BARC Has New Boss

The agency in charge of Houston’s stray dogs and cats has a new leader. The Bureau of Animal Regulation and Control has gone through a lot of turmoil in recent years. But with today’s announcement, they’re hoping to put all of that in the past. Bill Stamps has more.


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The agency known as BARC went through two general managers earlier this year and then there was bickering about contract of the interim manager Gerry Fusco. Come February, Fusco will be gone. The new top DAWG will be former 24 Hour Fitness Vice President of Sales David Atencio. Atencio calls this his dream job.

“There’s a lot of great things going on at BARC right now, so my roll is going to be to take it to the next level.”

City councilmember said they got more emails about BARC this year than any other agency. Almost none of them were good. Fusco was brought in this summer to right the ship. Mostly to improve what they call live releases:

“The adoptions, the fosters, the rescues, and get more animals out of BARC alive. And I’m proud to say that in November we achieved an all time record at BARC of 942 animals released.”

Fusco says one of the changes he made was to add another staff member that specifically works with volunteers and rescue groups. Those were some of the groups that were most critical of the agency. Still, Fusco says none of that matters if they can’t control the overall number of strays.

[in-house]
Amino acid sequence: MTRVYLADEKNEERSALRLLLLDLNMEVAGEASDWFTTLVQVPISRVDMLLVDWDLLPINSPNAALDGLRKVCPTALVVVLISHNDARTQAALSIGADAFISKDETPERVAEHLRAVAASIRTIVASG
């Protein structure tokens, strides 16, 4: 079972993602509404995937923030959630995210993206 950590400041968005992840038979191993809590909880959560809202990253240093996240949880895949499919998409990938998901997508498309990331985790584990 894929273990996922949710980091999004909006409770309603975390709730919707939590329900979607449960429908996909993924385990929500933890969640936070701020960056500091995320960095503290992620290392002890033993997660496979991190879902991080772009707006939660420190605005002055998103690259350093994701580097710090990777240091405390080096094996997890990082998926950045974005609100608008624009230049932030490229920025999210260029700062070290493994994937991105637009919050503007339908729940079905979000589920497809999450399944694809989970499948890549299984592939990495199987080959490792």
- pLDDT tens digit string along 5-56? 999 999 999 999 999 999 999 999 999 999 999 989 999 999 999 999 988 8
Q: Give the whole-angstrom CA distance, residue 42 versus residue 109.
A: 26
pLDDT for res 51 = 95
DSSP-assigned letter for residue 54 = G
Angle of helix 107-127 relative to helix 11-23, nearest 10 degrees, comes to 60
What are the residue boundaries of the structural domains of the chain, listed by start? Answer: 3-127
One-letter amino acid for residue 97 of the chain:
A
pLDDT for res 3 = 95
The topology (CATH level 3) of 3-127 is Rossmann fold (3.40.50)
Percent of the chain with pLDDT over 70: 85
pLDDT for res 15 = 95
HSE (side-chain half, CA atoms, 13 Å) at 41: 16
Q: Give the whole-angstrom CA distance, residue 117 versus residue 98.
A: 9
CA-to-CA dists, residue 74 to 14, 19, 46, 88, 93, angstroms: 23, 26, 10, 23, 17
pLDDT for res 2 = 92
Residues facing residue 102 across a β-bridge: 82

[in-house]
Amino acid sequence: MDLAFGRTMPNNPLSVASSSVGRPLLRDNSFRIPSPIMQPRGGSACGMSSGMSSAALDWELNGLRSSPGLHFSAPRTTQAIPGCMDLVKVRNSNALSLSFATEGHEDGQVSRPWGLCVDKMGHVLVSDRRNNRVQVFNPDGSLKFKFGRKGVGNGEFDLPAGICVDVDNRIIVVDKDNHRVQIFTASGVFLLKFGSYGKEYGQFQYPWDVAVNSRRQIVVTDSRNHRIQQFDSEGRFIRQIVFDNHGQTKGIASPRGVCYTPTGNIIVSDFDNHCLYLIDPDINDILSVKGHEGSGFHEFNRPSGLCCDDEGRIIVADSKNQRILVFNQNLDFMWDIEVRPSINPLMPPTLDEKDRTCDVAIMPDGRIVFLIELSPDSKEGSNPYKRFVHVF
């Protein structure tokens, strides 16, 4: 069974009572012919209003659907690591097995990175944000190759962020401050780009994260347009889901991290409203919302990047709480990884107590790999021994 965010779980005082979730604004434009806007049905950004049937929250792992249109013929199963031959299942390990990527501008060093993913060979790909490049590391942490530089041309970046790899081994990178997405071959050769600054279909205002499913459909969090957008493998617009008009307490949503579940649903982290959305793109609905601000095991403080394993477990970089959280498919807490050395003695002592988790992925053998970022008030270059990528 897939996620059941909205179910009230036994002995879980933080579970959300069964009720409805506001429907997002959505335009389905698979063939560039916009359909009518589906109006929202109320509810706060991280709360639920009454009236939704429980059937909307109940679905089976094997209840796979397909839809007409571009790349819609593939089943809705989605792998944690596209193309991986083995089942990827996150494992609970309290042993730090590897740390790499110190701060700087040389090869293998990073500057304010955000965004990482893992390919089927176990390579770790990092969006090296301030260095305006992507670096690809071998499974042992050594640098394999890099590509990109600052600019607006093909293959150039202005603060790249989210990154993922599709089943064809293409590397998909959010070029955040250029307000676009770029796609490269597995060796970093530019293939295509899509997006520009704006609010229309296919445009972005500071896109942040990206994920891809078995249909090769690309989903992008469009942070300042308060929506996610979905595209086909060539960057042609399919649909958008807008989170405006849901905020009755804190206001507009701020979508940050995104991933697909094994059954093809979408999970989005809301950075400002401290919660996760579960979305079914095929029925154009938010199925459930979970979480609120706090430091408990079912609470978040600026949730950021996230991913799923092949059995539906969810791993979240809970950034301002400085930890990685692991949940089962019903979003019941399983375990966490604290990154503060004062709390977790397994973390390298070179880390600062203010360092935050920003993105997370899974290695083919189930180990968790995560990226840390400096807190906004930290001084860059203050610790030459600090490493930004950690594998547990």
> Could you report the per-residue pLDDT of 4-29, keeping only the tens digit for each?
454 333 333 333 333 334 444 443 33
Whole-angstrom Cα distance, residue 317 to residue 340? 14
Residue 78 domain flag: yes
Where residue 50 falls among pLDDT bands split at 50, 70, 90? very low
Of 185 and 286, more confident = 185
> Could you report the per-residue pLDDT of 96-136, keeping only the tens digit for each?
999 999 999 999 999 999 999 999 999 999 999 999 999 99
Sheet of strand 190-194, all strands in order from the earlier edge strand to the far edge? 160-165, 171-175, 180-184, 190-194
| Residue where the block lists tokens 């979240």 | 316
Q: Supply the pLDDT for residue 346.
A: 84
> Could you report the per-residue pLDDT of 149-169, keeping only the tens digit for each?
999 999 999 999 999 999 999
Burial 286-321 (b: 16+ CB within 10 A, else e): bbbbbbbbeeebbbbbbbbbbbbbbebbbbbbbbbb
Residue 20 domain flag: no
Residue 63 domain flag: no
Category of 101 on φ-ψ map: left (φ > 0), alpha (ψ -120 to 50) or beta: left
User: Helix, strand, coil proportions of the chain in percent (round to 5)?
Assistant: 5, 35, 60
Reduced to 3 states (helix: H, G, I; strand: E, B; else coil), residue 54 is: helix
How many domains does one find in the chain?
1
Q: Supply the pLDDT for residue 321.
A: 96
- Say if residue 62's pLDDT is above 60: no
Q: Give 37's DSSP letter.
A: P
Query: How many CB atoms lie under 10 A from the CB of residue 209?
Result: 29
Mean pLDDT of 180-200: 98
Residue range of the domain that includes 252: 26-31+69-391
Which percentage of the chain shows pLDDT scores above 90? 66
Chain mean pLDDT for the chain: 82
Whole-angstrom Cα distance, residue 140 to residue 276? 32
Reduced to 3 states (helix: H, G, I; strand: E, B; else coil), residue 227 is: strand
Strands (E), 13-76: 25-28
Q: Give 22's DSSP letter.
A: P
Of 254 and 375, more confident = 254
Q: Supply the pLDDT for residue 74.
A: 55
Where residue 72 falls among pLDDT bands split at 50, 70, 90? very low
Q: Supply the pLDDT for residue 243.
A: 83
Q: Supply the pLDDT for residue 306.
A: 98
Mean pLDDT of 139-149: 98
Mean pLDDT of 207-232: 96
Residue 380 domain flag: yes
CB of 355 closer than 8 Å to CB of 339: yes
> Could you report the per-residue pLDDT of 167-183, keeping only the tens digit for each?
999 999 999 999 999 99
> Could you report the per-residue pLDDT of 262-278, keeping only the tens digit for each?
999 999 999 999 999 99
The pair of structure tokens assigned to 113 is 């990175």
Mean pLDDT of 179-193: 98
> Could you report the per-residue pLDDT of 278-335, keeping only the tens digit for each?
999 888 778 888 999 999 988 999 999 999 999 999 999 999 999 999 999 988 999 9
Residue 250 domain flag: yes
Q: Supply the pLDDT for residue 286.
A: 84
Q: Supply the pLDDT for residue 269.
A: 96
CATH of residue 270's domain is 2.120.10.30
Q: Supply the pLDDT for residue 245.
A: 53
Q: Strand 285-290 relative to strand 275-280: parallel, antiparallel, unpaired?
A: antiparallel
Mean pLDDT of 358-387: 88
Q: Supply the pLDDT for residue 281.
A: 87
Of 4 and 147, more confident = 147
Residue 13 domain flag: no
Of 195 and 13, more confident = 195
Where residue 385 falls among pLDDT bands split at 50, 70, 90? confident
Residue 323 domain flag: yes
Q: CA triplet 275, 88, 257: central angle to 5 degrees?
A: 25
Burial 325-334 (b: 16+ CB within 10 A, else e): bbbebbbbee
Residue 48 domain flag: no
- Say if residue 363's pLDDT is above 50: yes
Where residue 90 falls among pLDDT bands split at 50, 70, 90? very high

“If we don’t control animal population, obviously the rates of rescues and fosters and adoptions cannot keep up with that, so we really need to control the population.”

The new general manager will start on Monday and will have six weeks to get up to speed before Fusco says goodbye.

“The great things I got Jerry for six weeks, so for me, that’s invaluable. But I also know that I’ve got Jerry for me anytime and that was important for me when I took over this role, to have some great transition, to make sure that I was successful.”

BARC’S animal housing facility is in the process of undergoing a 3-million dollar makeover. They’re adding space, but they’re also hoping to work with other rescue groups in Texas. Their hoping all of these changes will mean fewer and fewer animals will have to be put to sleep.

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